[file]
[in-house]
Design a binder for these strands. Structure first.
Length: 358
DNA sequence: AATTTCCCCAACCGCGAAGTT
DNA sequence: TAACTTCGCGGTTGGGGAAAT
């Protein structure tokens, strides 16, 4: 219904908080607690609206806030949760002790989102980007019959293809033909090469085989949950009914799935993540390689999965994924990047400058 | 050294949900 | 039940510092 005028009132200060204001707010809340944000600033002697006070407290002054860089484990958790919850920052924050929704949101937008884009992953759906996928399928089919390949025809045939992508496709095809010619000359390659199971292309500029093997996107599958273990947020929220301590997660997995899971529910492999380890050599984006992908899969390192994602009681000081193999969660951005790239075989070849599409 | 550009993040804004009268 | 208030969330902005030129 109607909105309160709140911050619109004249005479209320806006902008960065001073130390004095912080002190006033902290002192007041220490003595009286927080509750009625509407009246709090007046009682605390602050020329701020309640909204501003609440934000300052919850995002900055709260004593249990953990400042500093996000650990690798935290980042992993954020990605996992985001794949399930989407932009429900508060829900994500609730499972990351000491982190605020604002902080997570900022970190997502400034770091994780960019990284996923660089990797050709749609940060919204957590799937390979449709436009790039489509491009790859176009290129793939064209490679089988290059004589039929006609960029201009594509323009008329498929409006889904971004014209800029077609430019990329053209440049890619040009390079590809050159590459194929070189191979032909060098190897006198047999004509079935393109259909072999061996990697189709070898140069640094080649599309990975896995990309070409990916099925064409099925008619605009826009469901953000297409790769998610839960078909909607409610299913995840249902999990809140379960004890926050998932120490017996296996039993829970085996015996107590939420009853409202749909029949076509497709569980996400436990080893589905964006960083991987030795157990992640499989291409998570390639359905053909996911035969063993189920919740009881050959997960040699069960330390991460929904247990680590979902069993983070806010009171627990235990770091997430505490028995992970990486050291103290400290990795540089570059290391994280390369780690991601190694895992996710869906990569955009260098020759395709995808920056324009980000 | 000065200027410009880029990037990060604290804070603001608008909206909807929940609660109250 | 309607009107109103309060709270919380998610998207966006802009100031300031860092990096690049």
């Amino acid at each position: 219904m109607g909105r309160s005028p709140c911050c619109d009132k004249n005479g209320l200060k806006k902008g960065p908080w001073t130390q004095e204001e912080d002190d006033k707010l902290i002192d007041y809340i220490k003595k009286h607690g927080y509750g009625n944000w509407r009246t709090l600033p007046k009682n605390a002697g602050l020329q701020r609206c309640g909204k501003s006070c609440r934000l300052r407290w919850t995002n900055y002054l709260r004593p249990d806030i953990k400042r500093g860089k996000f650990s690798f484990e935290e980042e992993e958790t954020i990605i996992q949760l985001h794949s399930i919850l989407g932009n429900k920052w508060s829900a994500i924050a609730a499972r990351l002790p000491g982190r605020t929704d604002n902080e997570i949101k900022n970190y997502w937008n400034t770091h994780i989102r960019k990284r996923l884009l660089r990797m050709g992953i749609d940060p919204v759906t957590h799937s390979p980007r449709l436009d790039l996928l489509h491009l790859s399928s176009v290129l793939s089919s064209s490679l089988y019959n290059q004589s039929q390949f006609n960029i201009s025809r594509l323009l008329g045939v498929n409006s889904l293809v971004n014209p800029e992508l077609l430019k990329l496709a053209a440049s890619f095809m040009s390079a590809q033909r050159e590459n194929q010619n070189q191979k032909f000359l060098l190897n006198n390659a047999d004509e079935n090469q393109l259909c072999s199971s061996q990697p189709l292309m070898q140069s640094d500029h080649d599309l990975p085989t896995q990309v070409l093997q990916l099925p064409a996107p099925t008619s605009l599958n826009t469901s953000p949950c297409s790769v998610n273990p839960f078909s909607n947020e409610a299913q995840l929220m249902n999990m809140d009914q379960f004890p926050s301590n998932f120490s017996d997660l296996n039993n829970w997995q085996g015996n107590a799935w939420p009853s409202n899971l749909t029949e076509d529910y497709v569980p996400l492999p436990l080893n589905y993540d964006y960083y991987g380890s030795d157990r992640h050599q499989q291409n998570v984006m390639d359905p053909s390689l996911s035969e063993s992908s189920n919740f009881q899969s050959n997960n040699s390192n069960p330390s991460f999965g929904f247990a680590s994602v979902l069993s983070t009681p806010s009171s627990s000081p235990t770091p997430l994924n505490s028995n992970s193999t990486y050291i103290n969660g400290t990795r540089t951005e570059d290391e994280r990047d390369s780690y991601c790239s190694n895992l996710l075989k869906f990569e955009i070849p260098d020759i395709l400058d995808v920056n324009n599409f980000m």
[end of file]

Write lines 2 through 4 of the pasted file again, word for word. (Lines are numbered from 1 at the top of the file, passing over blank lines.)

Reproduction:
Design a binder for these strands. Structure first.
Length: 358
DNA sequence: AATTTCCCCAACCGCGAAGTT